Only 8-bit output is possible with my card, and I would never attempt YCC anyway; as we know the Raspberry Pi is not accurate in that mode it would be a complete waste of my time to compare laptop-YCC vs Raspberry Pi YCC.

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I don't know why you guys play with those Pis when you have PCs. I doubt they can convert to YCC better than AMD/nVidia and the test patterns usually go though RGB anyways (at some point somewhere, Pi or PC).
That's simple! Because the Raspberry Pi is proven to be bit-accurate in RGB mode, using very expensive equipment tested kindly by some lovely people, and it's a very wonderful thing to have access to such a cheap known bit-accurate generator in any mode at all.

It's known that there are small visible differences in using bit-accurate RGB for calibration vs using bit-accurate YCC for calibration on this TV (Tedd has posted about this many many times), but of the options available it's still better to calibrate with bit-accurate RGB (silver standard) than throw our hands in the air and give up just because we don't have bit-accurate YCC (gold standard).

Rolls, I take your point about meter repeatability. I have time. I can do multiple passes and look for patterns which may show up each time. I'm not attempting the accuracy you crave, just a "sanity check" to see if it looks as if my laptop's RGB output might be close to accurate or totally wacky. Of my two options, I prefer this option to trying to use other values of Contrast/OLED light.

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post #3364 of 3441 Old 09-10-2019, 12:18 PM
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That's simple! Because the Raspberry Pi is proven to be bit-accurate in RGB mode, using very expensive equipment tested kindly by some lovely people, and it's a very wonderful thing to have access to such a cheap known bit-accurate generator in any mode at all.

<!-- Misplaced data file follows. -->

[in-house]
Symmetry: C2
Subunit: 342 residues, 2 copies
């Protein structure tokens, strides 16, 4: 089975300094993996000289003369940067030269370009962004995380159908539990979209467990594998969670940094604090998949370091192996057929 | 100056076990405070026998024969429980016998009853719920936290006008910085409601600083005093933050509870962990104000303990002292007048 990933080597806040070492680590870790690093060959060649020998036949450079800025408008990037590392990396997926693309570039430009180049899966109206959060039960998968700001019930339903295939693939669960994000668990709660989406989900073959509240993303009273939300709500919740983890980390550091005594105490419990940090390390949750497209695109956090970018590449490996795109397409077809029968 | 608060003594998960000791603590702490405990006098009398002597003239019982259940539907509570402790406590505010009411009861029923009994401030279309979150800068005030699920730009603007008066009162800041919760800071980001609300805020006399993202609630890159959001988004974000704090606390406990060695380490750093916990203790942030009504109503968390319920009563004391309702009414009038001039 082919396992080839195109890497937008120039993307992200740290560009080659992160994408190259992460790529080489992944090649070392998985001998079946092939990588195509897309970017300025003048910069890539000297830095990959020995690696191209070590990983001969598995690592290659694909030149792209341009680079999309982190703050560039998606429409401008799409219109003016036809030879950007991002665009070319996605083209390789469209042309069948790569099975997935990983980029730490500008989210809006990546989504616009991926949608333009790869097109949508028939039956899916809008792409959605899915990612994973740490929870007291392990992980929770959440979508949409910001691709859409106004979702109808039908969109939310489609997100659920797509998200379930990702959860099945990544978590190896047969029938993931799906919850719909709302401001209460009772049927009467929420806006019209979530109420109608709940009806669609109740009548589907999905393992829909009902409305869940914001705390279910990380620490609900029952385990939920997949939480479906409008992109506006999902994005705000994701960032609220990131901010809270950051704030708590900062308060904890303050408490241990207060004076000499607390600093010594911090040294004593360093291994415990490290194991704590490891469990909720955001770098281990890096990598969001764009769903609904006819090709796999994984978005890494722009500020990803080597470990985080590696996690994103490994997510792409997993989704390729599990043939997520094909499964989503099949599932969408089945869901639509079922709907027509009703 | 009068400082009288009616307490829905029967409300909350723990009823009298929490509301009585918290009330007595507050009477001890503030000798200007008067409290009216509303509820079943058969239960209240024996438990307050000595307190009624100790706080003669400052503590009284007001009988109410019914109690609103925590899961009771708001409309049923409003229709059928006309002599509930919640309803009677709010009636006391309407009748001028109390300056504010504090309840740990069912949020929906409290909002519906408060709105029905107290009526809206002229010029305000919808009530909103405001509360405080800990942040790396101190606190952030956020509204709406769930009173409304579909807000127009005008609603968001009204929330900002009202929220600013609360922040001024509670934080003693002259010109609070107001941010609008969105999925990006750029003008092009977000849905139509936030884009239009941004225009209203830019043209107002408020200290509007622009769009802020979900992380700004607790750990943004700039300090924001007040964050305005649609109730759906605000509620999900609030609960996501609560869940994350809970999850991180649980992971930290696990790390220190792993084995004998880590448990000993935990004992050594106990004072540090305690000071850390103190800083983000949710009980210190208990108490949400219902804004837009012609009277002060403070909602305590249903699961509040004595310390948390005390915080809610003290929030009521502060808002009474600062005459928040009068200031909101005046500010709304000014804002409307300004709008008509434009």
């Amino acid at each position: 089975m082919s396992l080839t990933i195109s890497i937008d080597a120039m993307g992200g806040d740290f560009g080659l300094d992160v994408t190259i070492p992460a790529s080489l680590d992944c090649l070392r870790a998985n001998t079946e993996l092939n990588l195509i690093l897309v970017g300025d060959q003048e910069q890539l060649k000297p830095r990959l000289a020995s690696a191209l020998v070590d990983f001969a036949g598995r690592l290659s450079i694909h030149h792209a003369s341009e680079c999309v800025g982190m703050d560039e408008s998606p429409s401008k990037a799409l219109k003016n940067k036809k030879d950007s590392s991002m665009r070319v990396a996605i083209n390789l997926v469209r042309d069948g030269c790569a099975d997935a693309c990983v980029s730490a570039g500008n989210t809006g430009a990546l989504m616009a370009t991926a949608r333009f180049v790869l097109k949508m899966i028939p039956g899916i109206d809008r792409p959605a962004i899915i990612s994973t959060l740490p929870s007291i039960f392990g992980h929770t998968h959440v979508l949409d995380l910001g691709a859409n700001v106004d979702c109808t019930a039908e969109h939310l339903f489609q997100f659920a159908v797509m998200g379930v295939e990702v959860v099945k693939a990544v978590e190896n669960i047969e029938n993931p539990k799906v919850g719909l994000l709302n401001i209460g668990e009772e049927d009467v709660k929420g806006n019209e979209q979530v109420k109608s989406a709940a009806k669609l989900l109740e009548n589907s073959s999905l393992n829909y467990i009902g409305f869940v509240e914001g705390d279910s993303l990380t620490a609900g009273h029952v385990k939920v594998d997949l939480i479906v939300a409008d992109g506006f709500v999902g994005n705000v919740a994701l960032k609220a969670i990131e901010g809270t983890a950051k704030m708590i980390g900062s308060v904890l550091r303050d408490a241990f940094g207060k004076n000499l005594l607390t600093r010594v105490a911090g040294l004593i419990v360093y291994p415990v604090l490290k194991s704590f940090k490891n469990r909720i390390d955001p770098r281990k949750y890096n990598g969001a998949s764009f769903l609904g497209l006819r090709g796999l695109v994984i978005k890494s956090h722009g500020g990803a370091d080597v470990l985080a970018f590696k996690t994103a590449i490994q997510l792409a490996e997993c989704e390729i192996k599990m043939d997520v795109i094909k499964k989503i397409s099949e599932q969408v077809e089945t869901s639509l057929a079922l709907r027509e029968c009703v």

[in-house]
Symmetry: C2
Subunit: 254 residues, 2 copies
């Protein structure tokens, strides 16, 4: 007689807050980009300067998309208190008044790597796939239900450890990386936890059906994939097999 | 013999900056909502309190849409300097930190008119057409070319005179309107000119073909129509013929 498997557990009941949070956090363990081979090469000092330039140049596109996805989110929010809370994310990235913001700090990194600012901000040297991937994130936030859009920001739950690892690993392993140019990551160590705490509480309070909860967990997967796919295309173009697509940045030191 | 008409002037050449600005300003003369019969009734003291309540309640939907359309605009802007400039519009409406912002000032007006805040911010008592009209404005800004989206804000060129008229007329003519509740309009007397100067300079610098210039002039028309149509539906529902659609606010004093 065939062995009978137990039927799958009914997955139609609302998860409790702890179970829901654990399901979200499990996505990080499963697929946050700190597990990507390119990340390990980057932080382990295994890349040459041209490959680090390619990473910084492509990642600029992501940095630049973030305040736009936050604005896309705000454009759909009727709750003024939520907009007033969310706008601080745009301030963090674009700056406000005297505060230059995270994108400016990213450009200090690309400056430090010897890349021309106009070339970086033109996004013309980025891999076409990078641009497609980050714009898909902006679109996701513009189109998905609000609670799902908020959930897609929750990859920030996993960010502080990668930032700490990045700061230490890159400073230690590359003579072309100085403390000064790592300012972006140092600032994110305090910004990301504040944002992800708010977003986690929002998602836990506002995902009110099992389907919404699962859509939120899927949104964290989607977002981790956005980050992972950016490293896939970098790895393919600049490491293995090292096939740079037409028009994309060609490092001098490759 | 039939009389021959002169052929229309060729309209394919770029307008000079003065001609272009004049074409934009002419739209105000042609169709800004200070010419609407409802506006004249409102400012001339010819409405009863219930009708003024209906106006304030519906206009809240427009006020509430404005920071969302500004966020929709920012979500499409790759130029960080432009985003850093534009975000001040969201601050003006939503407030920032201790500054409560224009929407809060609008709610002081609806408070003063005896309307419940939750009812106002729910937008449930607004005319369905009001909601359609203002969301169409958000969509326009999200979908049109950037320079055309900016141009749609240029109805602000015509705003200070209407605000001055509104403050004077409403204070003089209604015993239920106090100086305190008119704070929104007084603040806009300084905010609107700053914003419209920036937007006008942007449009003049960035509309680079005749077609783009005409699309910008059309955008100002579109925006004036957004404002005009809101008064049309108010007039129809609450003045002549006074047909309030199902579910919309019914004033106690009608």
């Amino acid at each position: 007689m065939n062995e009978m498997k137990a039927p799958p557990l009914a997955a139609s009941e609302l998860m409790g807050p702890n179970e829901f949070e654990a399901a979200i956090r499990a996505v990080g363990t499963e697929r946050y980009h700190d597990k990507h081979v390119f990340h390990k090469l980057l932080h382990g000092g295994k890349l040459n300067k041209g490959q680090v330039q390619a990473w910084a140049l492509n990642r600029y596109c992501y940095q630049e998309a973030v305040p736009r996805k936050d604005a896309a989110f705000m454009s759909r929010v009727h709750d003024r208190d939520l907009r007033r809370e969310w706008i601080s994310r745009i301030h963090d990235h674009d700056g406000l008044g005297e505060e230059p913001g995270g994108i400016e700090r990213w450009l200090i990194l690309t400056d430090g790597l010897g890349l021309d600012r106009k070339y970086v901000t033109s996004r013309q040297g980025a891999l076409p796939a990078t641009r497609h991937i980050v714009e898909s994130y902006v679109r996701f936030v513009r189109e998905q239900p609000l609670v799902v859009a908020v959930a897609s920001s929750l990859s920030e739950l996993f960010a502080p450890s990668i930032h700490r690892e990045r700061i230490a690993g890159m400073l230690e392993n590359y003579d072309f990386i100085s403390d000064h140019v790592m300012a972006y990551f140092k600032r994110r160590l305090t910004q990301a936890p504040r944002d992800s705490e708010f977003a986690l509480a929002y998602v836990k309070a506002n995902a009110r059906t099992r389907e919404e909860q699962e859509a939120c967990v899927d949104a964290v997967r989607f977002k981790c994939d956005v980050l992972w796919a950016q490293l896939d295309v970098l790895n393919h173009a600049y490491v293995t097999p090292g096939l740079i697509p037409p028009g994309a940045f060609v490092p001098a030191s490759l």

But why do you think AMD/nVidia/Intel GPUs from this decade are not fully accurate in their Full RGB output mode (disregard the rare edge cases of broken OS/driver versions)?

I not sure if we can ever tell if it's RGB or YCC that's more accurate on these LG TVs. All we know that they behave a little different relative to each other. I wouldn't take either for "golden".
I think the safe bet is to assume that they both deviate from the theoretical truth by the same amount (the internal processing inaccuracy affects them differently but roughly by the same amount).
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post #3365 of 3441 Old 09-10-2019, 12:49 PM
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I don't know why you guys play with those Pis when you have PCs. I doubt they can convert to YCC better than AMD/nVidia and the test patterns usually go though RGB anyways (at some point somewhere, Pi or PC).
PC with AMD/nVidia GPU configured for full range RGB output, and madTPG configured for limited range RGB output (with TV black level set to low) for the win.
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post #3366 of 3441 Old 09-10-2019, 01:09 PM
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I see, thanks. It's looking more and more that I need to try to send real DV patterns.
What is your plan? ...to try using your notebook output with HDFury to add vendor infoframe and CalMAN software generator?

If you manage to make this work, it will require a bit-perfect 1080p60 full-range output from your VGA, it will mean can output accurate levels, for RGB, if it will work.

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post #3367 of 3441 Old 09-10-2019, 01:15 PM
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But why do you think AMD/nVidia/Intel GPUs from this decade are not fully accurate in their Full RGB output mode (disregard the rare edge cases of broken OS/driver versions)?
I don't know either way, but we're taught to doubt everything which does not have proof.

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I not sure if we can ever tell if it's RGB or YCC that's more accurate on these LG TVs. All we know that they behave a little different relative to each other. I wouldn't take either for "golden".
That's a very good point, yes

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What is your plan? ...to try using your notebook output with HDFury to add vendor infoframe and CalMAN software generator?

If you manage to make this work, it will require a bit-perfect 1080p60 full-range output from your VGA, it will mean can output accurate levels, for RGB, if it will work.